New Female Aviators: Learn Why Krystin Goodwin Is Learning To Fly At Santa Monica Airport (Video Interview)
One of the most exciting parts of aviation is seeing how many women have taken the initiative to get their pilot license.
We caught up with Krystin Goodwin via Google Hangout to ask her why she decided to start training for her pilot license at Santa Monica Airport.
What is your day job and where are you from?
I am an on camera journalist and I'm originally from Washington DC. So I was born and raised in Fairfax, Virginia.
What inspired you to start flying?
I grew up right next to Washington Dulles Airport, so ever since I was a little kid, planes were flying over my house. For a while I even lived next to an air force base, so I got very use to airplanes flying over. F-22 jets used to fly over my apartment all the time and I would go to the air shows and eventually I got hooked. Being from outside the Washington DC area, I had a lot of friends and family in the military and in aviation. I always wanted to fly, and even now I am amazed to see planes fly. It’s pretty cool to actually be fulfilling that goal.
How do you find the time to fly?
Sometimes it’s tough. I’m currently in New York working on project at the moment, but I started flying in California. The weather isn’t really involved in California, since it’s beautiful all the time. Being in New York weather is definitely a factor, especially in the winter times. So that’s difficult but I made time on the weekends. I would make sure to go every Sunday, or I would go every Saturday. I would pick a time where I would go and study, and then actually go up in the air and fly for a couple of hours. It’s draining because you’re doing it as much as you can and your trying to expand the time that you go, but if you love something then you’ll make the time. It may be stressful in other aspects of your life but it’s great and I really enjoy it.
Your first flight was at Santa Monica airport, can you describe that?
I thought that I was originally in a piper, a low wing plane, and then I checked out my log book and it was actually in a Cessna 172. I’ve been flying in a Cessna for awhile and I've become comfortable in these. I loved flying out of Santa Monica. Aviation in LA is great. There’s so many airports in that area and just getting to be able to fly at the Santa Monica airport was a blast. I flew several times there and I intend to go back. I loved flying there.
My first flight was a high. I can’t describe it other than, it’s really gratifying to do something that you’ve always wanted to do and then get out there and do it. It’s like a combination of fear and success that you’ve accomplished something. It’s a big deal. It’s your first flight.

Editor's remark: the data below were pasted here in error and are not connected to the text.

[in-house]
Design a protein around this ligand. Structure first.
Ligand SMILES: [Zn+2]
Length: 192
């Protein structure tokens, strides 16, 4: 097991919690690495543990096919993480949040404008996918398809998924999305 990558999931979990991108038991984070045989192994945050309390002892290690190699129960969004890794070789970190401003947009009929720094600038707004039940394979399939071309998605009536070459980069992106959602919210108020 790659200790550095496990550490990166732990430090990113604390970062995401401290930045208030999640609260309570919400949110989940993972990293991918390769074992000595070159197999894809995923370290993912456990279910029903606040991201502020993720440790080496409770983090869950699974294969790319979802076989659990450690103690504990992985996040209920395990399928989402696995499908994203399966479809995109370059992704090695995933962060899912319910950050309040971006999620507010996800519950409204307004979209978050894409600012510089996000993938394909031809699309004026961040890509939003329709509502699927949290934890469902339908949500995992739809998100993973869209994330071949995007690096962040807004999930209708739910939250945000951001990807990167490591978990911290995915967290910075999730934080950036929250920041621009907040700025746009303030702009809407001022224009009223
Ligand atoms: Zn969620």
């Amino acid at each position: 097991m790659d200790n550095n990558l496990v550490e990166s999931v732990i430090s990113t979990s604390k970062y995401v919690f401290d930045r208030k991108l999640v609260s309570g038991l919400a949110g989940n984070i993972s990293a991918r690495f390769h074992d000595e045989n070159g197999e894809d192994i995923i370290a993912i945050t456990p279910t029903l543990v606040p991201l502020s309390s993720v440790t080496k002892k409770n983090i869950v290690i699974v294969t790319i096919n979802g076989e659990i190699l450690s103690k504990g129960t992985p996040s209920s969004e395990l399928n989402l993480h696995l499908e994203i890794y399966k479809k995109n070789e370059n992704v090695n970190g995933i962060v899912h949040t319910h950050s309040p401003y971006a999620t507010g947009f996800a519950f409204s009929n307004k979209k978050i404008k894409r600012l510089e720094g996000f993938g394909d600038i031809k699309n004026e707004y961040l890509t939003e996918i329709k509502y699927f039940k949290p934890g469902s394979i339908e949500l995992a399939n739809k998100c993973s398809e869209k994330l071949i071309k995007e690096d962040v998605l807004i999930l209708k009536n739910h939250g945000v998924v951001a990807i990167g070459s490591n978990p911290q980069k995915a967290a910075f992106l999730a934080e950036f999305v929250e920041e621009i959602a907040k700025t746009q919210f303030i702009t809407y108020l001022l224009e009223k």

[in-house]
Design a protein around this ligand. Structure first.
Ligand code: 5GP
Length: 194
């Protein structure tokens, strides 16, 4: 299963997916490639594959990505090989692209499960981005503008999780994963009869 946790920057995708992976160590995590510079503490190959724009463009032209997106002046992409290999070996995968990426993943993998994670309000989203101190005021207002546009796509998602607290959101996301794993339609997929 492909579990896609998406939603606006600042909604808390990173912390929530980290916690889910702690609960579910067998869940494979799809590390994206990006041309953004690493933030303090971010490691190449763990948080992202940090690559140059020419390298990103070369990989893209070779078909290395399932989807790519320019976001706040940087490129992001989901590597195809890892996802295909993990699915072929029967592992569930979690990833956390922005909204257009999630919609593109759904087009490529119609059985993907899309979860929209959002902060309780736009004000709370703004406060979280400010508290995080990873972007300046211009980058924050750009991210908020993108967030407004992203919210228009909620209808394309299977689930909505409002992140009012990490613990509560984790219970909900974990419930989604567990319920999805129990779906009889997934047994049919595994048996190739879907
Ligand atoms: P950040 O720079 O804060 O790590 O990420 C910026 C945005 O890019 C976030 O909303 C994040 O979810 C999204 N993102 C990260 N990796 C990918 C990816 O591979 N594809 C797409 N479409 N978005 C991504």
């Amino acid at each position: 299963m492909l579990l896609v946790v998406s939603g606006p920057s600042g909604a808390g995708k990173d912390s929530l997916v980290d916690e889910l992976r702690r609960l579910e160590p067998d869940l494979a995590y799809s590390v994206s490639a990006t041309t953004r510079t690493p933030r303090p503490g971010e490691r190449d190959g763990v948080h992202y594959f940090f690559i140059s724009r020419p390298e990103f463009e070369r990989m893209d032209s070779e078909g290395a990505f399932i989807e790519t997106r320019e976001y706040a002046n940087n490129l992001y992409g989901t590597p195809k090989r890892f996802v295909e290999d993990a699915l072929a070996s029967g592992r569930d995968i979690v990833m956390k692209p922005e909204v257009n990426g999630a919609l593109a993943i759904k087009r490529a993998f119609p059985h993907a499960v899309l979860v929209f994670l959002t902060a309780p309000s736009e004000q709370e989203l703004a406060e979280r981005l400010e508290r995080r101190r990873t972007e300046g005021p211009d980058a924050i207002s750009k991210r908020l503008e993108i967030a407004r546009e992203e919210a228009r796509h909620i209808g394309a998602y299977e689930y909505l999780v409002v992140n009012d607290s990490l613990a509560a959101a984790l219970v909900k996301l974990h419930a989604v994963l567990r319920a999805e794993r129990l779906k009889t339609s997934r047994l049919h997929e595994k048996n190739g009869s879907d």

What is your favorite part of being in the pilot seat?
My first flight instructor, Chris Volk explained it well and I agree with him 100 percent on this. When you’re in the pilot seat there’s nothing you’re thinking about other than flying, even if you have a lot going on in your life. The only thing you are thinking of when you're flying, IS flying. You’re just enjoying it. It's surreal for me, and it’s therapeutic.
What's the most challenging aspect of flying for you?
There’s a lot of challenges in flight. There’s a lot of studying involved and there’s a lot on the line. It’s not like your typical class. For me the stall and recovery procedure was a difficult thing to do get into. So, after I practiced that a few times I was able to conquer that fear and it became better.
To be honest, I was really nervous about it, I almost thought that I wasn’t ready for the stall and recovery procedure. However, I was far into my training and my flight instructor said “you’re definitely ready.' I think having my flight instructor and my significant other's encouragement with me that day gave me the courage to finally conquer this procedure. I finally said “yes, it’s time to try.” It was a great feeling of accomplishment. I was petrified to do this but then I completed it, and it just got easier from there. I tried to apply that to all aspects of training from then on.
What would you tell other young women to inspire them to take that one first introductory flight?
I would say if you’ve ever been interested in flying then why not? I’ve never considered myself a daredevil. I’ve been afraid of heights, and I’m still afraid of heights. I’ve been afraid of roller coasters...I’ve always wanted to fly, but I never thought that I would do it. When you really have a goal and you really want to do something just push yourself and just go for it. Try it. Even one flight could make a difference.
You could find out you love it, or perhaps it could become your calling. For me it isn’t my career but it’s definitely my passion. I think regardless of what industry you’re in and regardless of what you’re trying to accomplish, thinking outside of the box, not being complacent and continuing to strive for your goals, you’ll find out things that you never knew you loved. So, I would say definitely, go for it, try it out.